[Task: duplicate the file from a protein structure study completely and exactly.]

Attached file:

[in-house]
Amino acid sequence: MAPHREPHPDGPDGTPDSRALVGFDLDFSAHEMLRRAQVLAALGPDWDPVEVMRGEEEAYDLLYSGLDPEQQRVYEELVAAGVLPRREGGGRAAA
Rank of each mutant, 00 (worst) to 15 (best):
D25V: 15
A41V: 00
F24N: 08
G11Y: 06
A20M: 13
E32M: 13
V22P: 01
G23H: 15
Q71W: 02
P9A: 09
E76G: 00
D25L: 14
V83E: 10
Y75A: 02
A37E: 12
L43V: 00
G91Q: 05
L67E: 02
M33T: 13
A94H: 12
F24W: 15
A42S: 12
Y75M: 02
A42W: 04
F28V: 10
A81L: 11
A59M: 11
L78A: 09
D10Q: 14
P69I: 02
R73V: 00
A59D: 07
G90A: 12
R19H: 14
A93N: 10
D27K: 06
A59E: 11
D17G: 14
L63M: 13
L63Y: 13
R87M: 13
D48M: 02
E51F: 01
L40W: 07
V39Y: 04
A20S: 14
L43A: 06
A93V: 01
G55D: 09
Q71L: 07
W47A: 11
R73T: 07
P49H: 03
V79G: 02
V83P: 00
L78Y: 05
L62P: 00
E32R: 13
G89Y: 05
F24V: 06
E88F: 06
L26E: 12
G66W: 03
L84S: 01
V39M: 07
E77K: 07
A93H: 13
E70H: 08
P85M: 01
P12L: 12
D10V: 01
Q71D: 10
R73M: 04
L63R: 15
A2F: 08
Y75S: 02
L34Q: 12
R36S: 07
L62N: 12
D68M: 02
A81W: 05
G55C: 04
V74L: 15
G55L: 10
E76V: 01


[in-house]
Amino acid sequence: MAPHREPHPDGPDGTPDSRALVGFDLDFSAHEMLRRAQVLAALGPDWDPVEVMRGEEEAYDLLYSGLDPEQQRVYEELVAAGVLPRREGGGRAAA
Rank of each mutant, 00 (worst) to 15 (best):
D25V: 15
A41V: 00
F24N: 08
G11Y: 06
A20M: 13
E32M: 13
V22P: 01
G23H: 15
Q71W: 02
P9A: 09
E76G: 00
D25L: 14
V83E: 10
Y75A: 02
A37E: 12
L43V: 00
G91Q: 05
L67E: 02
M33T: 13
A94H: 12
F24W: 15
A42S: 12
Y75M: 02
A42W: 04
F28V: 10
A81L: 11
A59M: 11
L78A: 09
D10Q: 14
P69I: 02
R73V: 00
A59D: 07
G90A: 12
R19H: 14
A93N: 10
D27K: 06
A59E: 11
D17G: 14
L63M: 13
L63Y: 13
R87M: 13
D48M: 02
E51F: 01
L40W: 07
V39Y: 04
A20S: 14
L43A: 06
A93V: 01
G55D: 09
Q71L: 07
W47A: 11
R73T: 07
P49H: 03
V79G: 02
V83P: 00
L78Y: 05
L62P: 00
E32R: 13
G89Y: 05
F24V: 06
E88F: 06
L26E: 12
G66W: 03
L84S: 01
V39M: 07
E77K: 07
A93H: 13
E70H: 08
P85M: 01
P12L: 12
D10V: 01
Q71D: 10
R73M: 04
L63R: 15
A2F: 08
Y75S: 02
L34Q: 12
R36S: 07
L62N: 12
D68M: 02
A81W: 05
G55C: 04
V74L: 15
G55L: 10
E76V: 01